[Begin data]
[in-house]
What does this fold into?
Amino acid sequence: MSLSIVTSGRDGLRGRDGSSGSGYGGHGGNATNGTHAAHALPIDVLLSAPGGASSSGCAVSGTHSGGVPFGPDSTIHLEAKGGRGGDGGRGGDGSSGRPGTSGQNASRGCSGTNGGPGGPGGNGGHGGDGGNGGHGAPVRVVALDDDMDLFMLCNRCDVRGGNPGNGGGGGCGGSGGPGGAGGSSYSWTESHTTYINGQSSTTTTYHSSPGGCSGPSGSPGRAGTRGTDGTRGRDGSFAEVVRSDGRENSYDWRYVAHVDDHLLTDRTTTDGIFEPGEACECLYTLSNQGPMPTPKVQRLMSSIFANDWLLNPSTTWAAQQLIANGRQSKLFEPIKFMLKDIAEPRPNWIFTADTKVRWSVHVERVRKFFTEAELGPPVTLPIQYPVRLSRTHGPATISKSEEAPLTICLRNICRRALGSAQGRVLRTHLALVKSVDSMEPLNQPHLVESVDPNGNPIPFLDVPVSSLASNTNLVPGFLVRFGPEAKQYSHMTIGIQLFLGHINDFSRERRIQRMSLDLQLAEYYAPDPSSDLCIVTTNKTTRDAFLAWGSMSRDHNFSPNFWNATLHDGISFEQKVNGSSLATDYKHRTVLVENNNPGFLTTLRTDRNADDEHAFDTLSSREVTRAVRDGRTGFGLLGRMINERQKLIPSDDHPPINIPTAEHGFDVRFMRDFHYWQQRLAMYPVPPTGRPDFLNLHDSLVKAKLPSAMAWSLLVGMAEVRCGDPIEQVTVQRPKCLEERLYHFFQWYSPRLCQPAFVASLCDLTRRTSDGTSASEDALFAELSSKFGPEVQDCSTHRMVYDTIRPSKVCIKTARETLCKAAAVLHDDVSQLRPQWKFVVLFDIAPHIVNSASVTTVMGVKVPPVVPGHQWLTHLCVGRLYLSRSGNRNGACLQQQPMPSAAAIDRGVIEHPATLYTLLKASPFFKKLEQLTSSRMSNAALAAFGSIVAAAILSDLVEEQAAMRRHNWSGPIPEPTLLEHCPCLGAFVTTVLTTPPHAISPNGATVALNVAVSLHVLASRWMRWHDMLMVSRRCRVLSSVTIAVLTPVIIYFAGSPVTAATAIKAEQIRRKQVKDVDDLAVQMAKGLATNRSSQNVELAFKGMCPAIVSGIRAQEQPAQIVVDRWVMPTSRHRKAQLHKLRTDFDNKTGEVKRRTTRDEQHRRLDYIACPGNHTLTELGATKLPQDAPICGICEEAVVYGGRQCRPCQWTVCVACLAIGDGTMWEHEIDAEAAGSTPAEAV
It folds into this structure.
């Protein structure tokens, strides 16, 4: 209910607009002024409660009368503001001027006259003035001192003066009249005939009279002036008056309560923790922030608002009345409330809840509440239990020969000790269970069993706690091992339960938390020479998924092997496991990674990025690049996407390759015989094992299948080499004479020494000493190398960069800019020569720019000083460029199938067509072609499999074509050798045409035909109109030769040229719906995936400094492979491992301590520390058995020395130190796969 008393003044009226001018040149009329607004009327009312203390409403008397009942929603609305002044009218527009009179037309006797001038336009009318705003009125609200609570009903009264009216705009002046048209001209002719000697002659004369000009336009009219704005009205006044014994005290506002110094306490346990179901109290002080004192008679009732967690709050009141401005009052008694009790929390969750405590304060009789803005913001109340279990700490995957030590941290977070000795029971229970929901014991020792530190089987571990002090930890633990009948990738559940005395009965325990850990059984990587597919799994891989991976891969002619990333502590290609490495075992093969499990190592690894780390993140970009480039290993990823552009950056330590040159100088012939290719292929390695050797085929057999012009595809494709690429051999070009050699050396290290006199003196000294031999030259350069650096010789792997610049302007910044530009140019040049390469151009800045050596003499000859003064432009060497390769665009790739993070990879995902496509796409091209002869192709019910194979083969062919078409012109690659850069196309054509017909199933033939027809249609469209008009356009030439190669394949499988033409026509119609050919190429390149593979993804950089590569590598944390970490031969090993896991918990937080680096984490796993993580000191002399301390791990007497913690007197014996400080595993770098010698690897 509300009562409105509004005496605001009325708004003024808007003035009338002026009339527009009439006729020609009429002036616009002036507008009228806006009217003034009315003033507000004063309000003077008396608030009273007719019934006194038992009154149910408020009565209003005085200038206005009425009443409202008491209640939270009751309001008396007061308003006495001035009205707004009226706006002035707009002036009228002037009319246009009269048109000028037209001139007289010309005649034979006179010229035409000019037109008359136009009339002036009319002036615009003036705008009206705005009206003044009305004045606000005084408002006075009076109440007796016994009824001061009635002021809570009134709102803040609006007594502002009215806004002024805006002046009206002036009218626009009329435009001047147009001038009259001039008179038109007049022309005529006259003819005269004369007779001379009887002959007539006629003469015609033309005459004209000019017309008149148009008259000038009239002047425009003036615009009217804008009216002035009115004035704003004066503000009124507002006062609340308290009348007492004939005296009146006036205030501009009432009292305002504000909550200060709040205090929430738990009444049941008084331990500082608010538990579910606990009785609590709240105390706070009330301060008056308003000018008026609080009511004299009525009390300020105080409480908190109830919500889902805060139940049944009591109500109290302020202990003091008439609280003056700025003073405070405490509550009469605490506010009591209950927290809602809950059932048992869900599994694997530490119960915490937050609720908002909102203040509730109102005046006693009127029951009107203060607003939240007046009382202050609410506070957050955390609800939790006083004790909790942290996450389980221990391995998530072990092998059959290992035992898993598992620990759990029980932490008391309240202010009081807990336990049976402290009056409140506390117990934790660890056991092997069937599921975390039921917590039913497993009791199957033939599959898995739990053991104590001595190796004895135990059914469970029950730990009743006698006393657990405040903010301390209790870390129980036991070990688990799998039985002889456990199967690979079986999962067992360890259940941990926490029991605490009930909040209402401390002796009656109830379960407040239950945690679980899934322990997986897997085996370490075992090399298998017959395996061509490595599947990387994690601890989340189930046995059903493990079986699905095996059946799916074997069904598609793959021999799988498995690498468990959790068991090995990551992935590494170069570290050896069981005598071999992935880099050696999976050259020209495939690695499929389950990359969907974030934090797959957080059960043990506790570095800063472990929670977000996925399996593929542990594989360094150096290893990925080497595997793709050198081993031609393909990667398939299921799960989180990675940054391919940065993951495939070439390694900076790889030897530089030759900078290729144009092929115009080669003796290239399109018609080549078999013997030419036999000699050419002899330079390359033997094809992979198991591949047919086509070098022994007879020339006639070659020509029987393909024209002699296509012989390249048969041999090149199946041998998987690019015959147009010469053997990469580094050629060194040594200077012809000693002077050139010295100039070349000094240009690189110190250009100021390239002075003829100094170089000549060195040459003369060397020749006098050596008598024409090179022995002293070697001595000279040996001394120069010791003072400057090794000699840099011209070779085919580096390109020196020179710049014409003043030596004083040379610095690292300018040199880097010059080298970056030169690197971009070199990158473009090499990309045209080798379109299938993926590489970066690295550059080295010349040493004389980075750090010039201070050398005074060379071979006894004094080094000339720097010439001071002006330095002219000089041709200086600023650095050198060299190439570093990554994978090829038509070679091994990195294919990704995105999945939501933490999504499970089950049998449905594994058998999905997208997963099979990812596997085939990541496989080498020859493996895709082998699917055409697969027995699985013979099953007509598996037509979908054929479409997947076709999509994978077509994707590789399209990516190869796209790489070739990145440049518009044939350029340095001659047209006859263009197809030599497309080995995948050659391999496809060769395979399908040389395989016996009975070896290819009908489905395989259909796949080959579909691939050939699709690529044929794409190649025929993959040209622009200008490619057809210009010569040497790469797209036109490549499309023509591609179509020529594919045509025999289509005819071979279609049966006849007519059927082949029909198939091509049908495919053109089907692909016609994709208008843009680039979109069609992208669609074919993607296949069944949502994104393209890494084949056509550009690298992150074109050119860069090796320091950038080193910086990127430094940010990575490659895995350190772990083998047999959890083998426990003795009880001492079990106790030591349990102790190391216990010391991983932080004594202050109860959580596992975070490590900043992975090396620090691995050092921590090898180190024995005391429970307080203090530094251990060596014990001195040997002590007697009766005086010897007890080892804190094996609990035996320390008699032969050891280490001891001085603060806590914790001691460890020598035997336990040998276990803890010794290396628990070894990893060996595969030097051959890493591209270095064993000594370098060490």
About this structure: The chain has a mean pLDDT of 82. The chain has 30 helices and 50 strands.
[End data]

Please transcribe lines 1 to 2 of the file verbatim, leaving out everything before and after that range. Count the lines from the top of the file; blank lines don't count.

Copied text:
[in-house]
What does this fold into?